Being bilingual in the classroom also has its advantages. Students may be able to take more flexible approaches to thinking through different types of problems. This complex thinking a person performs while being in school is critical in all subject areas. In fact, bilingual students outperform their monolingual peers when it comes to tasks that require executive control or self-discipline. Moreover, bilingual students also learn to read faster because of their prior knowledge of two languages—the fact that they begin to experience language from an extremely early age, as early as being in the womb. Dr. Nell Duke from the University of Michigan reports that parents who read to their babies while in the womb enables them to have “a positive memory or association” with language. Research shows that once out of the womb, babies in the beginning stages of life show better self-control, an extremely crucial skill that takes time to learn. Mrs. Pallant, Spanish 2 and 9 teacher, states, “Research suggests that bilingualism can positively impact academic performance, particularly in areas like literacy, mathematics, and standardized testing. For students, bilingualism is basically a superpower.”

In addition to being advantageous in the classroom, bilingualism can also improve childrens’ social emotional development. Children who are bilingual have strong ties with their family, community and their culture, which may improve their social skills. Bilingual children also have an easier time making friends with whom they share a second language with. Two children who speak the same foreign language can relate to one another, in a way that they may not be able to do with another classmate or friend.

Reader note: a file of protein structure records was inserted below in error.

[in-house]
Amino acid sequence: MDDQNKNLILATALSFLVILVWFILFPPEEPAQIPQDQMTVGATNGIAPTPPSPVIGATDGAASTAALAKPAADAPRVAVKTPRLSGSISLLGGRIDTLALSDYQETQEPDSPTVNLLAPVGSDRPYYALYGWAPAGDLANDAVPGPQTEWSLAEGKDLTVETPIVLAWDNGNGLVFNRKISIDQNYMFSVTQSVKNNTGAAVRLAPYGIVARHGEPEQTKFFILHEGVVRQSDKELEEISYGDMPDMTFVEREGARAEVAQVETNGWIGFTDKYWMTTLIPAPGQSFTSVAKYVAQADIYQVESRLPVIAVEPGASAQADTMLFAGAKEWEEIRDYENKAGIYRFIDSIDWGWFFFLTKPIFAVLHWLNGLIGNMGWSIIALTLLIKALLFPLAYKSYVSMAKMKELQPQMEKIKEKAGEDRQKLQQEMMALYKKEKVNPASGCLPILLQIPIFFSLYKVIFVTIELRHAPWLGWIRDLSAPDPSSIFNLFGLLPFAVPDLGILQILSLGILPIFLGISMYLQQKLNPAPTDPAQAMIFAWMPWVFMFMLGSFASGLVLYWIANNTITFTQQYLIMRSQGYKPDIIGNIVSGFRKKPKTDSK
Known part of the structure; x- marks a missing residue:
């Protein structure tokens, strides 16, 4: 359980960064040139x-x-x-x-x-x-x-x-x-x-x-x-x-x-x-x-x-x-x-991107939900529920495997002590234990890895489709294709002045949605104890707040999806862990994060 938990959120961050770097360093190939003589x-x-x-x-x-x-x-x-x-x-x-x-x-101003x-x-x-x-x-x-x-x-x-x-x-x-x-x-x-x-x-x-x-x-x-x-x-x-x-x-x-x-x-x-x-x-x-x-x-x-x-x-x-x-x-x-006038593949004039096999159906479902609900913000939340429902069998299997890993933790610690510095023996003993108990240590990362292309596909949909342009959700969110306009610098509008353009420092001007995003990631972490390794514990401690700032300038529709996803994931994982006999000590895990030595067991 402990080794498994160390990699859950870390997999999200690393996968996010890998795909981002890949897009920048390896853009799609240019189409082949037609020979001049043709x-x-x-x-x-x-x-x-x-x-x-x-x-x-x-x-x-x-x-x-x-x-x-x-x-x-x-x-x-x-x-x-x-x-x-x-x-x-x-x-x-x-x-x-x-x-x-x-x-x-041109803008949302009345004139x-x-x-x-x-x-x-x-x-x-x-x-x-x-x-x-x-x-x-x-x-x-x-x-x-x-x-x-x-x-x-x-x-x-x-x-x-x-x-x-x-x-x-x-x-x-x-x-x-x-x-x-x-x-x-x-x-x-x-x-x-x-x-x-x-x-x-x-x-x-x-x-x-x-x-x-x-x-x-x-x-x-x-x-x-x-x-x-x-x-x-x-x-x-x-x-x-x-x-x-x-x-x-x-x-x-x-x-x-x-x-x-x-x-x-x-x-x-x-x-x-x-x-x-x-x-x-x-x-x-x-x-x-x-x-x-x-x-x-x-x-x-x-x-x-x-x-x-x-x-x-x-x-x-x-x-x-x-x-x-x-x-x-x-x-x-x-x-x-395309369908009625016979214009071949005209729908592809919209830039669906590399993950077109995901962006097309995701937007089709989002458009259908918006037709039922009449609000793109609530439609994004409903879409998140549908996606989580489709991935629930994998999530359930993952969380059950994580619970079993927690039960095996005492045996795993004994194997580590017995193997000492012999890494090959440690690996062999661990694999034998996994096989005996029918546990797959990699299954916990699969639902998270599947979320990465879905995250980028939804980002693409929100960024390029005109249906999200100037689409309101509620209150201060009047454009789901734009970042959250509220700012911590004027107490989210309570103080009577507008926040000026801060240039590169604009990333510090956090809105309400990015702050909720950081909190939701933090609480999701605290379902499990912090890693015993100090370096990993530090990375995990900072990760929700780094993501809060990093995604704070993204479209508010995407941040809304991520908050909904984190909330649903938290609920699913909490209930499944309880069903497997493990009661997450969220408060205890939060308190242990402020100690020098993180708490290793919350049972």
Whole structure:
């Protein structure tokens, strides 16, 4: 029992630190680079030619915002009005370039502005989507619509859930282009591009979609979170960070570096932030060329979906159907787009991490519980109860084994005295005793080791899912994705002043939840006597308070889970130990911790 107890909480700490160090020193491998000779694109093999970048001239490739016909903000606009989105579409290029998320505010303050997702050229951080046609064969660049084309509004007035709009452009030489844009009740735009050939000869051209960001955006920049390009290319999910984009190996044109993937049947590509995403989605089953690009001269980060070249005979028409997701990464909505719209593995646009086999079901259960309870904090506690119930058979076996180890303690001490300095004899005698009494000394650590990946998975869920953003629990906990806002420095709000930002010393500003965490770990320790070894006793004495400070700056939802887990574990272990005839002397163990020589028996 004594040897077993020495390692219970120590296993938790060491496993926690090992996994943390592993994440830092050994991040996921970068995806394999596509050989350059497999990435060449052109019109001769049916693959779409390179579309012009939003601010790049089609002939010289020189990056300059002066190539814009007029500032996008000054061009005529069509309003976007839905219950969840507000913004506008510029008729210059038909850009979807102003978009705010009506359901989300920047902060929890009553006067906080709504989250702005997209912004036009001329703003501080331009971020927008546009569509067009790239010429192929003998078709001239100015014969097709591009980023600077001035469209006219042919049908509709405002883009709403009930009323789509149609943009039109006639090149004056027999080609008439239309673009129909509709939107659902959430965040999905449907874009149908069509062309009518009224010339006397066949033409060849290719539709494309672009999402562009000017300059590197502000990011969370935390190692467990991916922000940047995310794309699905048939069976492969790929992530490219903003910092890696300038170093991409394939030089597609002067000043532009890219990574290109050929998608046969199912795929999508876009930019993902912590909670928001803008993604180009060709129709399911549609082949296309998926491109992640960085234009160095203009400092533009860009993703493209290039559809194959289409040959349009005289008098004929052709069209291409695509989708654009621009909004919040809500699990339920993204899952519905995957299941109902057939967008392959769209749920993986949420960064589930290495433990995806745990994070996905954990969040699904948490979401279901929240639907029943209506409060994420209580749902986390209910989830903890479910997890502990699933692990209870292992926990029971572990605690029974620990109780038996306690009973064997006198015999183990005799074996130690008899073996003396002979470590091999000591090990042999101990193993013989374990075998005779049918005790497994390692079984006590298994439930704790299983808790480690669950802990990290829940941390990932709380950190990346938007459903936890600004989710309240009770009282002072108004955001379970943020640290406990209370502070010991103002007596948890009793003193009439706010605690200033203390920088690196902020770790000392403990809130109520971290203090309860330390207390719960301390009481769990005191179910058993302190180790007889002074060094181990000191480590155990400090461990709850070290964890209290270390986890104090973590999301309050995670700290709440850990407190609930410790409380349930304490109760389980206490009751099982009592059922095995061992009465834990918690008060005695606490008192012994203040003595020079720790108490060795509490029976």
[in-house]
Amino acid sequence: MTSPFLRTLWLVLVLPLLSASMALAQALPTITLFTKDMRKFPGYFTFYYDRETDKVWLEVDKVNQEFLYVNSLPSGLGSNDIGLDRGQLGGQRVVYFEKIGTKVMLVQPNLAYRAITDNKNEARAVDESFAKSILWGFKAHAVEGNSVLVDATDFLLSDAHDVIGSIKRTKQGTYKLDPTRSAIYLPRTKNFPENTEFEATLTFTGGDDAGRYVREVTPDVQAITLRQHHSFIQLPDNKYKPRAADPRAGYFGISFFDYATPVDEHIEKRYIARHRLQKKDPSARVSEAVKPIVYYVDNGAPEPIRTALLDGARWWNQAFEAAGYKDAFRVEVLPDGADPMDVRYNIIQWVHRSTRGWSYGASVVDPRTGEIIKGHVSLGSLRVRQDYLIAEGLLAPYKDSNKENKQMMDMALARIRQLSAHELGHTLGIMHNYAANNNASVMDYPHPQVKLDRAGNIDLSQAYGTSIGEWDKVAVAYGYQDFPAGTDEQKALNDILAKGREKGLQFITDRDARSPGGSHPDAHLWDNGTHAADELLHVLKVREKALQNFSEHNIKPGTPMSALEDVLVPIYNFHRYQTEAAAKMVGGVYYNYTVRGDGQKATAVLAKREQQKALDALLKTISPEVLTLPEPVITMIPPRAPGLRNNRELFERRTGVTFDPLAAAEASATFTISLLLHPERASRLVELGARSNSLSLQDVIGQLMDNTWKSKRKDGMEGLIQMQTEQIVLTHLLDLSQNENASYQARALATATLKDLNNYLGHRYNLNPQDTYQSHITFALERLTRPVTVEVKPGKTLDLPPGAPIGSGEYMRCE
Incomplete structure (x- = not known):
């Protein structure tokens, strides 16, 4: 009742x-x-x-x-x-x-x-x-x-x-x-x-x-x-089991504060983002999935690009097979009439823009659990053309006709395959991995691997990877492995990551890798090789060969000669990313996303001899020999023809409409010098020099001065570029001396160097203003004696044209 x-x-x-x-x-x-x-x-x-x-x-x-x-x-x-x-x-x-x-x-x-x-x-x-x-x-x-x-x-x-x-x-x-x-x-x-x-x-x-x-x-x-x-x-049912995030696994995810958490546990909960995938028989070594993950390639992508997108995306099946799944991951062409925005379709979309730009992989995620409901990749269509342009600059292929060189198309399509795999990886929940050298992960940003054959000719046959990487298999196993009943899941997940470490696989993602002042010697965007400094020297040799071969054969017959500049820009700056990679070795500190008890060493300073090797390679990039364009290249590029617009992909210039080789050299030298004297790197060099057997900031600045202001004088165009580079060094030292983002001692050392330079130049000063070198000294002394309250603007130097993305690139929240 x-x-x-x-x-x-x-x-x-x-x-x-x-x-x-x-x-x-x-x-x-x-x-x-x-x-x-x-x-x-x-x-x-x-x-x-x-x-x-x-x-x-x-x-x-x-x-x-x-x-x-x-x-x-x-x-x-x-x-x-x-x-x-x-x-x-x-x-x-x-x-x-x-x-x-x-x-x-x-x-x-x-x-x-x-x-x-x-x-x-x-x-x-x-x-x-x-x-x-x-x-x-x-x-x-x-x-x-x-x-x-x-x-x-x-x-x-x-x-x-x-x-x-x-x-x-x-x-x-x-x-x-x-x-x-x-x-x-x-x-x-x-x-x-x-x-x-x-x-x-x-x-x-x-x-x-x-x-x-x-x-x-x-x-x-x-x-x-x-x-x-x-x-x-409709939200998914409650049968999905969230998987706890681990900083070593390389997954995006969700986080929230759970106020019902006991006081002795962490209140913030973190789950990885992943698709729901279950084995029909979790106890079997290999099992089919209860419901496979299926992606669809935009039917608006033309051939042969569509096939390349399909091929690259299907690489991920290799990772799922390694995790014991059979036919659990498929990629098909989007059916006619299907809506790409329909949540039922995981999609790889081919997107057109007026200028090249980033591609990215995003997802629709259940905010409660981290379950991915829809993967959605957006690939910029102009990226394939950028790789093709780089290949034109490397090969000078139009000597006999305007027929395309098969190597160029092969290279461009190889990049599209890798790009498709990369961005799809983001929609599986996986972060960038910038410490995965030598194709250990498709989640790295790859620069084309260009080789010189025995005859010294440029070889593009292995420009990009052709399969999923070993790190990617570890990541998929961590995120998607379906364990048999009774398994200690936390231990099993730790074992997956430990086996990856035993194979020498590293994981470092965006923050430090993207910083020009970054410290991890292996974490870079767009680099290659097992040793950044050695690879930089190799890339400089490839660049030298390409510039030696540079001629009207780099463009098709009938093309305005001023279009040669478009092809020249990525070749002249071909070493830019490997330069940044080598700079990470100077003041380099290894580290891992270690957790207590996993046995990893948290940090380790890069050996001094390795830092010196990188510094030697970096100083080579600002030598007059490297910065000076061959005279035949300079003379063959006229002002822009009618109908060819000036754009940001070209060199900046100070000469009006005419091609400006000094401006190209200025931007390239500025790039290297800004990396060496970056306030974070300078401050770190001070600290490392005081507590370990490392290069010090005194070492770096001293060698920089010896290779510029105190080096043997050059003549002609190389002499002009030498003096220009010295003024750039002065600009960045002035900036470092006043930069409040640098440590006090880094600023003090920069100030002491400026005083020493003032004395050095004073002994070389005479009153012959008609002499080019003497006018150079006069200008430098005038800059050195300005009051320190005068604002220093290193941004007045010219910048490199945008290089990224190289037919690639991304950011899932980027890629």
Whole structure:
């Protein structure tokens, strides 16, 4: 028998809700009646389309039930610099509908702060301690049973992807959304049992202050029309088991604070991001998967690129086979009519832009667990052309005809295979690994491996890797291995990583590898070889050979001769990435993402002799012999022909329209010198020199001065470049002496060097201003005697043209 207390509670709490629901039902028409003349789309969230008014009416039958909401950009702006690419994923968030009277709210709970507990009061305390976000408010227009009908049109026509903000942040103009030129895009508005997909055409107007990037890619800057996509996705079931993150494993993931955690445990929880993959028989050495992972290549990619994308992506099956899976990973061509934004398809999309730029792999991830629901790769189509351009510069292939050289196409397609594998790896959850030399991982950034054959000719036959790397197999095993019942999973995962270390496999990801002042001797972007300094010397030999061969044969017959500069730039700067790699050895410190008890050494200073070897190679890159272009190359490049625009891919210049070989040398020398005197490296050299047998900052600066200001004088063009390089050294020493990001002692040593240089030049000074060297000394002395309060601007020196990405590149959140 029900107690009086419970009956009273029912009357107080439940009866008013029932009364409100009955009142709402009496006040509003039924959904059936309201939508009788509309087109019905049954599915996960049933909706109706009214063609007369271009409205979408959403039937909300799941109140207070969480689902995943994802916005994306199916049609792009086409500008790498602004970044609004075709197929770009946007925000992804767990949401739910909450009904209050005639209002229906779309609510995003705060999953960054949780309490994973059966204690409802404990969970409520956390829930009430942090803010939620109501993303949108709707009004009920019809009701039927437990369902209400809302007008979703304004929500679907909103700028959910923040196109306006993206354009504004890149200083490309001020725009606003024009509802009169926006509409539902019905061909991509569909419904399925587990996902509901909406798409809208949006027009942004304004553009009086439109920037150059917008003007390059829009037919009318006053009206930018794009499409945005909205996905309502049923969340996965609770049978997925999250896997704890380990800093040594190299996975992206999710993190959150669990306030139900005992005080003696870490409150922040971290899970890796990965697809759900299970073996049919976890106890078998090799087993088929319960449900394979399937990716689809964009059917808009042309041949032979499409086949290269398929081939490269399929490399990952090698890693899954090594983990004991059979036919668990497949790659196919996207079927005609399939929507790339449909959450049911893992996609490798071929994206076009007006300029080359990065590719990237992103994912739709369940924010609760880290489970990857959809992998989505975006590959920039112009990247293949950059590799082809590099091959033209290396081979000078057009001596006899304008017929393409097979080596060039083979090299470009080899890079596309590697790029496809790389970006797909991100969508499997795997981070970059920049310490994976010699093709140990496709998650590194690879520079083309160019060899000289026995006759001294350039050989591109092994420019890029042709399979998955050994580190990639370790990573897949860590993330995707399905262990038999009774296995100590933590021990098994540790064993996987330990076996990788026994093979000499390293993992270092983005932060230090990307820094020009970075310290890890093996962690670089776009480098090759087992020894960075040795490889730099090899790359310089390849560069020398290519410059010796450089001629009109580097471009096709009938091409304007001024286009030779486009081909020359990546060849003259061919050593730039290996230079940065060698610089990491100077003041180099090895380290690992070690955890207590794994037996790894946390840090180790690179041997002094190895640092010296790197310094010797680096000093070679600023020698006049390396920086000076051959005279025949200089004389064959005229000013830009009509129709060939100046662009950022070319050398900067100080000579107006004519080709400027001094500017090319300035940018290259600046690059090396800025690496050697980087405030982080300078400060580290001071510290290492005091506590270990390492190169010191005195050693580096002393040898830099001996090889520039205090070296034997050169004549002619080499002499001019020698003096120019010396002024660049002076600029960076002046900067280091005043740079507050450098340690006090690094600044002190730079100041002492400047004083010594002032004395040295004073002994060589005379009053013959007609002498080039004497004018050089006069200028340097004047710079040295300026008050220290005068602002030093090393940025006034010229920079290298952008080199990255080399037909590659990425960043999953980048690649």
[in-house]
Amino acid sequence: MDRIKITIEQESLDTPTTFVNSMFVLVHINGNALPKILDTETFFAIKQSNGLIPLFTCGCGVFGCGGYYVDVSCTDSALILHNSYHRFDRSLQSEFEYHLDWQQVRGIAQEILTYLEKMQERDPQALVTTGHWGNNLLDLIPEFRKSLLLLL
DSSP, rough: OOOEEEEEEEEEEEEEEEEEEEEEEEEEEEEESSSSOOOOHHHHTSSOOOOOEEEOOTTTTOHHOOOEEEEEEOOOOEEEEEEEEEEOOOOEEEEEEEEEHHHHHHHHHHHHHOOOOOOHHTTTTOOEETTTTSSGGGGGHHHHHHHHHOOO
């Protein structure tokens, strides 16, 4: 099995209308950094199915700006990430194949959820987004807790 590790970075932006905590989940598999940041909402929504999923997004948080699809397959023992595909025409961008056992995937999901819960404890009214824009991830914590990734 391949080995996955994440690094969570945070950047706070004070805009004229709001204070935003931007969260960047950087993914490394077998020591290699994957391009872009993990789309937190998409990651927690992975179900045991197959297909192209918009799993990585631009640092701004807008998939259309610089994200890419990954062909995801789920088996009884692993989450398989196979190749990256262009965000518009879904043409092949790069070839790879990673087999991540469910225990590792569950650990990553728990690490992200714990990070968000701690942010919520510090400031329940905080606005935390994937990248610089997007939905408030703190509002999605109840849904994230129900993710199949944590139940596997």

The benefits of being bilingual contribute to a person’s long term success as well. Children who learned a new language in their early years take the language, as well as the skills of learning the language, with them into their adult life. Today, one-half to two-thirds of adults are bilingual and have many advantages in their daily life. For example, those who are fluent in a second language have more job opportunities as certain companies and organizations are looking for individuals who can speak more than one language. Furthermore, bilingual people have more ties within their community. Sra. Pallant, whose parents are from Colombia, supports this, saying, “Bilingualism fosters a deeper appreciation and understanding of different cultures, traditions, and perspectives. It helps maintain a connection to one’s cultural roots and heritage.” Freshman Daphne Svhil, who speaks both English and Hebrew, also says, “I can communicate with others who are a part of my culture. Having a connection to others who speak Hebrew helps me realize who I am as a person and helps shape my identity.” Those who are bilingual can learn from other people who speak the same language and they can connect with them on a more personal level. This helps to broaden scopes of people, not just in local communities, but globally as well.

Being bilingual can have a positive impact on one’s life in so many social ways. People from all over the world now interact with each other on a daily basis, and knowing another language is beneficial for community-building and cultural integration. More importantly, the academic and psychological gains from being bilingual are extremely beneficial for brain activity and development, as well as for children’s social emotional well being. With the world constantly changing, knowledge of new languages will continue to benefit everyone intellectually and learning about other’s unique ties with the world.